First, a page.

View details for DOI 10.1158/1535-7163.MCT-20-0654

    View details for Web of Science ID 000607000100015

    View details for PubMedID 33177155

    View details for PubMedCentralID PMC7790869

  • Mitochondrial Sirtuins in Skin and Skin Cancers PHOTOCHEMISTRY AND PHOTOBIOLOGY Su, S., Ndiaye, M., Singh, C. K., Ahmad, N. 2020; 96 (5): 973-980


    Mammalian sirtuins (SIRTs 1-7) are a family of NAD+-dependent deacetylases with distinct subcellular localization and biological functions that regulate various important cellular processes. Among these, SIRTs -3, -4 and -5 are located in the mitochondria and have been implicated in caloric restriction, oxidative stress, aging and various human diseases. Emerging evidence has found dysregulation of mitochondrial sirtuins in multiple dermatological conditions, including responses to ultraviolet radiation (UVR), suggesting their importance in maintaining skin health. In this review, we discuss the roles and implications of mitochondrial sirtuins in cutaneous cellular processes, and their emerging potential as a target for the management of skin diseases, including skin cancer. Among mitochondrial sirtuins, SIRT3 is the most studied and linked to multiple skin conditions and diseases (keratinocyte differentiation, wound healing, chronological aging, UVR and ozone response, systemic sclerosis, melanoma, basal cell carcinoma (BCC) and squamous cell carcinoma (SCC)). SIRT4 has been connected to keratinocyte differentiation, chronological aging, UVR response, alopecia, BCC and SCC. Further, SIRT5 has been associated with keratinocyte differentiation, melanoma, BCC and SCC. Overall, while there is compelling evidence for the involvement of mitochondrial sirtuins in skin, additional detailed studies are needed to understand their exact roles in skin and skin cancers.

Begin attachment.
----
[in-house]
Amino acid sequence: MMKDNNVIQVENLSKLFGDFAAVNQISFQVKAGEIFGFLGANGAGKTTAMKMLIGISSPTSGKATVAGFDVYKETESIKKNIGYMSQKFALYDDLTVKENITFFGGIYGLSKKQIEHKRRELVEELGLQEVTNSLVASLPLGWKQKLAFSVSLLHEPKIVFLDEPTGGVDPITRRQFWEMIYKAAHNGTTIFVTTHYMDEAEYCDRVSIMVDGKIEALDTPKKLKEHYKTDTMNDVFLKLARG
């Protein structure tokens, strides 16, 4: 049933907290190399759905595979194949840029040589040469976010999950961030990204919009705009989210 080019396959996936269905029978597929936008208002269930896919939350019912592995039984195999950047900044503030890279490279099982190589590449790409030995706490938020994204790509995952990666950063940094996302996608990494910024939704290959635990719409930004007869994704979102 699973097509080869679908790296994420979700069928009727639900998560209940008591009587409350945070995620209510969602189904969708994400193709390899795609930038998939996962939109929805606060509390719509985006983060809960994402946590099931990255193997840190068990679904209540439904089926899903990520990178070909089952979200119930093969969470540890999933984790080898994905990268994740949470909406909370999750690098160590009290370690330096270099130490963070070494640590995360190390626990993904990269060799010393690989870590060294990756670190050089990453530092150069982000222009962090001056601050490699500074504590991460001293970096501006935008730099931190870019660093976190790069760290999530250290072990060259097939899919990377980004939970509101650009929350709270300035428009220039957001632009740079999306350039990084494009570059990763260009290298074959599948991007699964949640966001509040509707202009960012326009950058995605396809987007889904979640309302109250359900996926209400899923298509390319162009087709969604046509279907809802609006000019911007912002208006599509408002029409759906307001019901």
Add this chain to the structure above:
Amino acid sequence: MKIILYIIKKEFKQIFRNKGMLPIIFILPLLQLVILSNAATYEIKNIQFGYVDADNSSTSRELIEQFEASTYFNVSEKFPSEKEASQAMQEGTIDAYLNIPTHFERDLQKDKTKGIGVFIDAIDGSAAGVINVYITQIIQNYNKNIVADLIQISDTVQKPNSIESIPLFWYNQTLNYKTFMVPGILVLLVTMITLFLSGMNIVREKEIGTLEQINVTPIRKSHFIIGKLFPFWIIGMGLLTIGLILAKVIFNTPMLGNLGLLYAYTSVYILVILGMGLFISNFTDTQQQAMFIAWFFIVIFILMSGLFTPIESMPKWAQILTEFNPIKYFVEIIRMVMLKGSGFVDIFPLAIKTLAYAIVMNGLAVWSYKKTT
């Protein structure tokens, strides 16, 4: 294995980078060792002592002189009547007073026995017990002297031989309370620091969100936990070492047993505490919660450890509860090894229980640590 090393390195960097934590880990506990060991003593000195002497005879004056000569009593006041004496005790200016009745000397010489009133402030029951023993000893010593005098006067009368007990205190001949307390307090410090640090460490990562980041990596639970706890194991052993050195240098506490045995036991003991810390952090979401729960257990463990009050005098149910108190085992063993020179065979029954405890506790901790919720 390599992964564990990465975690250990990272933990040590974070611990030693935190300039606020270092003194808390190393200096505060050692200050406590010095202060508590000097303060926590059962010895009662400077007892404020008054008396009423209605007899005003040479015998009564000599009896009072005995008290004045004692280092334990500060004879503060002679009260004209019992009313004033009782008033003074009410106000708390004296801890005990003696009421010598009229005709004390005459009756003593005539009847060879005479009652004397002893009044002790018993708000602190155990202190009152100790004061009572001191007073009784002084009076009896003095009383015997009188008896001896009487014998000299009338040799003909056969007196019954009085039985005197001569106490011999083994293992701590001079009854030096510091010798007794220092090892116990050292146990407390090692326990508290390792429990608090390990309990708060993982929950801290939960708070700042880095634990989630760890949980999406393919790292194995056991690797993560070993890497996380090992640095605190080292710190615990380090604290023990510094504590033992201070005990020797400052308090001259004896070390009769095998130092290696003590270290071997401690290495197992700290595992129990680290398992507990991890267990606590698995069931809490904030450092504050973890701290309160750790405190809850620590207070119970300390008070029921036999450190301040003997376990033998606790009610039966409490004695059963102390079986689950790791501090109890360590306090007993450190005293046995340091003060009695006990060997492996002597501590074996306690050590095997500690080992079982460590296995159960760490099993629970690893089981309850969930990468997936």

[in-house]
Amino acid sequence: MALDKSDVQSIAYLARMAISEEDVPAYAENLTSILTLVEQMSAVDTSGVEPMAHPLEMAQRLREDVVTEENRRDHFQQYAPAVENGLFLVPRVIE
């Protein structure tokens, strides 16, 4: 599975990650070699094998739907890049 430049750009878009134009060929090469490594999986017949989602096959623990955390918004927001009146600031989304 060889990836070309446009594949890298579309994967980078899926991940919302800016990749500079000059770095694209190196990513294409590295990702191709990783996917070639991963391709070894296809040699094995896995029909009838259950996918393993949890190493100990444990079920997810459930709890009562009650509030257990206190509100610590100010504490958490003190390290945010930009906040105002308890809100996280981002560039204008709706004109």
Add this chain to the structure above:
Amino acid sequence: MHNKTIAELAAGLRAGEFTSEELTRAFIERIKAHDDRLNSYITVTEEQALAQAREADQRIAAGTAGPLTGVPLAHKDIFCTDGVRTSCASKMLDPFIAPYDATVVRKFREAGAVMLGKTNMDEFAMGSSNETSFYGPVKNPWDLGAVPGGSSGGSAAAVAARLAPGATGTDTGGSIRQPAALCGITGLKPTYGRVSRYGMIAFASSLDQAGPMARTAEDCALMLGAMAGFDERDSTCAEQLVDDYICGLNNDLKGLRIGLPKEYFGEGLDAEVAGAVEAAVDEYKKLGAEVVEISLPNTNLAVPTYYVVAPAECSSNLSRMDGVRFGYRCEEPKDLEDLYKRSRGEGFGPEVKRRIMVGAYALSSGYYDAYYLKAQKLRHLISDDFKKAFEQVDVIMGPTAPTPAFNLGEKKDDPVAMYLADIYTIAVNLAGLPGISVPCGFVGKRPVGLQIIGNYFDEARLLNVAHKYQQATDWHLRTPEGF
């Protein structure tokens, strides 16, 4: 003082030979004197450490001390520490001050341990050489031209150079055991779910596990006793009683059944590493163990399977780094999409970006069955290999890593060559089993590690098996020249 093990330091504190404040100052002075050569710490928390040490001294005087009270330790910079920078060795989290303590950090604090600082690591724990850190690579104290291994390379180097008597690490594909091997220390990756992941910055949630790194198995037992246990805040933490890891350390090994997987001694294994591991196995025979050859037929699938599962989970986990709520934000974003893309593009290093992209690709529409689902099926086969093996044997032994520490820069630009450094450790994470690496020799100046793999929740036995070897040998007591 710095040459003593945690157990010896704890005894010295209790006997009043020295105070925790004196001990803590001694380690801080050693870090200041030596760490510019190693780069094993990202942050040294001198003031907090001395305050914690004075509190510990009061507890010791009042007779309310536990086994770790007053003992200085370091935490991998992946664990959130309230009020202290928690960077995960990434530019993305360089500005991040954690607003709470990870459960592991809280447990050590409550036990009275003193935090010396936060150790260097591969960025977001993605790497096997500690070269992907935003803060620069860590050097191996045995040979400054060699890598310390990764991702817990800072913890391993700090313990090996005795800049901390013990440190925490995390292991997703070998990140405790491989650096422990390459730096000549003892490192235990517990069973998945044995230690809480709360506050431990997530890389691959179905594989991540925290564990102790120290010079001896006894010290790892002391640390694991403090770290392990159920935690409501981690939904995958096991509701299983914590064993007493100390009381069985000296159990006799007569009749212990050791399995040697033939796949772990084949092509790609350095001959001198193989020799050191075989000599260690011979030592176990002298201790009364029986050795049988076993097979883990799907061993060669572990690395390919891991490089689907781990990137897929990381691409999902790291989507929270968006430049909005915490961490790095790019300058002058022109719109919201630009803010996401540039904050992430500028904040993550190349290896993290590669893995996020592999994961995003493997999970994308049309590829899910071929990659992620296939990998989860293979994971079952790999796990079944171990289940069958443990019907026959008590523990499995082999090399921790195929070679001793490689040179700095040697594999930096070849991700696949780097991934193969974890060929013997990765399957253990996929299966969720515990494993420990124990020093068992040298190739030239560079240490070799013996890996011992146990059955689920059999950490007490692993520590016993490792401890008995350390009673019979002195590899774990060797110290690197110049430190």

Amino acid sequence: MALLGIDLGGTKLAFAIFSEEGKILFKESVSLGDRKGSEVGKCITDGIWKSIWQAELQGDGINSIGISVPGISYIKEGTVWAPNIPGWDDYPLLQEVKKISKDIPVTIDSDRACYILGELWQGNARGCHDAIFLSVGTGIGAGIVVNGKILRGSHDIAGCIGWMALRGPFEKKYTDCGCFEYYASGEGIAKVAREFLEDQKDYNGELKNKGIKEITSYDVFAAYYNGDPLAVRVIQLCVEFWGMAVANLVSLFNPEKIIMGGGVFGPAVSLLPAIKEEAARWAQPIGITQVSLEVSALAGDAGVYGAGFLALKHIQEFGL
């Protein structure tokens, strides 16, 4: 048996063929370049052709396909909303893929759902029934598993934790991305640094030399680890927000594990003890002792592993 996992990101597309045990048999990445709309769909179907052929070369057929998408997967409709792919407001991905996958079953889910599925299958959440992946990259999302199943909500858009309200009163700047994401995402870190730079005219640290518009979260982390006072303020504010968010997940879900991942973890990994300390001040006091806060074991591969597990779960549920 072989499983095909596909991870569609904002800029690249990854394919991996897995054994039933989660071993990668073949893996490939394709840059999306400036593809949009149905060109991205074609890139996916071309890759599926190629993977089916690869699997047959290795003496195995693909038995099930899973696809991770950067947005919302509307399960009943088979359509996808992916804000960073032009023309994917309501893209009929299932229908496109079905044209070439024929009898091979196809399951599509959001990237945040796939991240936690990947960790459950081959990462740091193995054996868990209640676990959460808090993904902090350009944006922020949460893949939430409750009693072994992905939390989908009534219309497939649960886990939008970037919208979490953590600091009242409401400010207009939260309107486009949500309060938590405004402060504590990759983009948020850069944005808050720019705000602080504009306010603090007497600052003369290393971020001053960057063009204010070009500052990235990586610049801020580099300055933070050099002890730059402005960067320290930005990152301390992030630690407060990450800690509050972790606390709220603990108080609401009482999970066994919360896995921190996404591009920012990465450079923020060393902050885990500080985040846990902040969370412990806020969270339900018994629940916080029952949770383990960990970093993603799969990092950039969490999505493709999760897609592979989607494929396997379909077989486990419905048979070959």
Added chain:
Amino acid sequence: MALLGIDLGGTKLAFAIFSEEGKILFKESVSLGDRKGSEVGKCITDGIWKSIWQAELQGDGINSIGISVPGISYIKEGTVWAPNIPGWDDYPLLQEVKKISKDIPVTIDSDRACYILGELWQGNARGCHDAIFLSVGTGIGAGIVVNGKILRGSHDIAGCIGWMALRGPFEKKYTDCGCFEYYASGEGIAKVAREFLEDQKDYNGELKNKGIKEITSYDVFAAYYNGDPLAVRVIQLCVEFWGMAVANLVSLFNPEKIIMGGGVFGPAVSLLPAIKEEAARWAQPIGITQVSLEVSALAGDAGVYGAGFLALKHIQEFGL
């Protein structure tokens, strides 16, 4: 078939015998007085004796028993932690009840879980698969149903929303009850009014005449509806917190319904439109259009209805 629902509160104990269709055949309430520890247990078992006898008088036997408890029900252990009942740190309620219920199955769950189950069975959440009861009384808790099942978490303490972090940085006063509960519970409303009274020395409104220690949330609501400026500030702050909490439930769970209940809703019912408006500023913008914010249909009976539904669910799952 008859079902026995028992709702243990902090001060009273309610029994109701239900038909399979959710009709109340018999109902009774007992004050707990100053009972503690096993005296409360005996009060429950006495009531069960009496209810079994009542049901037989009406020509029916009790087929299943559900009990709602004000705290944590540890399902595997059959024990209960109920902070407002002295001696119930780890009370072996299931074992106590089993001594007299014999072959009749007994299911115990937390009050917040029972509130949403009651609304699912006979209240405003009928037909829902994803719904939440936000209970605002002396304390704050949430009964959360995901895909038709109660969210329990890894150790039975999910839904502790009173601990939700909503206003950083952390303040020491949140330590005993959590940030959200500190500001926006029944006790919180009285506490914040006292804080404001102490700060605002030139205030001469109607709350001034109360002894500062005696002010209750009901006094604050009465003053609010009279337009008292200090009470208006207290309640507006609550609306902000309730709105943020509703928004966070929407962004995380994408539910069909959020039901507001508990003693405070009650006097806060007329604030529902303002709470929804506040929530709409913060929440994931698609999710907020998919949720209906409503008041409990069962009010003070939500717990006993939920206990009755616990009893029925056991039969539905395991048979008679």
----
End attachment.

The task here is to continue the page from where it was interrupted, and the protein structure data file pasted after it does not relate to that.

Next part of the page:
View details for DOI 10.1111/php.13254